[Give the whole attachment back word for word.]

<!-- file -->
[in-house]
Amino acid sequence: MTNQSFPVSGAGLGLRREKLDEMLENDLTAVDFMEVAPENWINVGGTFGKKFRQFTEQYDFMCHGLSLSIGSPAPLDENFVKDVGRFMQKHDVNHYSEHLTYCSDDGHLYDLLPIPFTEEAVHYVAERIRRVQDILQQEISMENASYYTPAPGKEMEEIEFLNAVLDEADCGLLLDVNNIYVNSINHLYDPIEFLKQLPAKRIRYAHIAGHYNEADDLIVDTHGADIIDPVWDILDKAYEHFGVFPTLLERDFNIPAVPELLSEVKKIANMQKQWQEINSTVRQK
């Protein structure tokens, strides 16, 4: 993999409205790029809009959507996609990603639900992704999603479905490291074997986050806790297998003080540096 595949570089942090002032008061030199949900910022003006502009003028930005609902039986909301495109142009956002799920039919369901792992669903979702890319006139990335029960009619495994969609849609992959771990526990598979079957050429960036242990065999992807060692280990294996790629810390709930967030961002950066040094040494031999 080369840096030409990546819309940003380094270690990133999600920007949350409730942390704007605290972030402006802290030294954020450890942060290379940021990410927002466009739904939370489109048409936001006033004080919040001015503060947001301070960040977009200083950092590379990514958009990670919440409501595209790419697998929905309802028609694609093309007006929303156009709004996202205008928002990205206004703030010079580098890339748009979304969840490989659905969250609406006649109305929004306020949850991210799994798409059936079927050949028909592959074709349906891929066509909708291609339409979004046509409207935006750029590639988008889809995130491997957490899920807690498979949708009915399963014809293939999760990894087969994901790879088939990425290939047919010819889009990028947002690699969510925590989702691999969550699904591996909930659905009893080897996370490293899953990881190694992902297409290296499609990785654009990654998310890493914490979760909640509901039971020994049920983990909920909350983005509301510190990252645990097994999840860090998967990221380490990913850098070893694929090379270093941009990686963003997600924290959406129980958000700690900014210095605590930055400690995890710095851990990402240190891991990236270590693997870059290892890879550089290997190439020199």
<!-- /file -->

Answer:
[in-house]
Amino acid sequence: MTNQSFPVSGAGLGLRREKLDEMLENDLTAVDFMEVAPENWINVGGTFGKKFRQFTEQYDFMCHGLSLSIGSPAPLDENFVKDVGRFMQKHDVNHYSEHLTYCSDDGHLYDLLPIPFTEEAVHYVAERIRRVQDILQQEISMENASYYTPAPGKEMEEIEFLNAVLDEADCGLLLDVNNIYVNSINHLYDPIEFLKQLPAKRIRYAHIAGHYNEADDLIVDTHGADIIDPVWDILDKAYEHFGVFPTLLERDFNIPAVPELLSEVKKIANMQKQWQEINSTVRQK
């Protein structure tokens, strides 16, 4: 993999409205790029809009959507996609990603639900992704999603479905490291074997986050806790297998003080540096 595949570089942090002032008061030199949900910022003006502009003028930005609902039986909301495109142009956002799920039919369901792992669903979702890319006139990335029960009619495994969609849609992959771990526990598979079957050429960036242990065999992807060692280990294996790629810390709930967030961002950066040094040494031999 080369840096030409990546819309940003380094270690990133999600920007949350409730942390704007605290972030402006802290030294954020450890942060290379940021990410927002466009739904939370489109048409936001006033004080919040001015503060947001301070960040977009200083950092590379990514958009990670919440409501595209790419697998929905309802028609694609093309007006929303156009709004996202205008928002990205206004703030010079580098890339748009979304969840490989659905969250609406006649109305929004306020949850991210799994798409059936079927050949028909592959074709349906891929066509909708291609339409979004046509409207935006750029590639988008889809995130491997957490899920807690498979949708009915399963014809293939999760990894087969994901790879088939990425290939047919010819889009990028947002690699969510925590989702691999969550699904591996909930659905009893080897996370490293899953990881190694992902297409290296499609990785654009990654998310890493914490979760909640509901039971020994049920983990909920909350983005509301510190990252645990097994999840860090998967990221380490990913850098070893694929090379270093941009990686963003997600924290959406129980958000700690900014210095605590930055400690995890710095851990990402240190891991990236270590693997870059290892890879550089290997190439020199």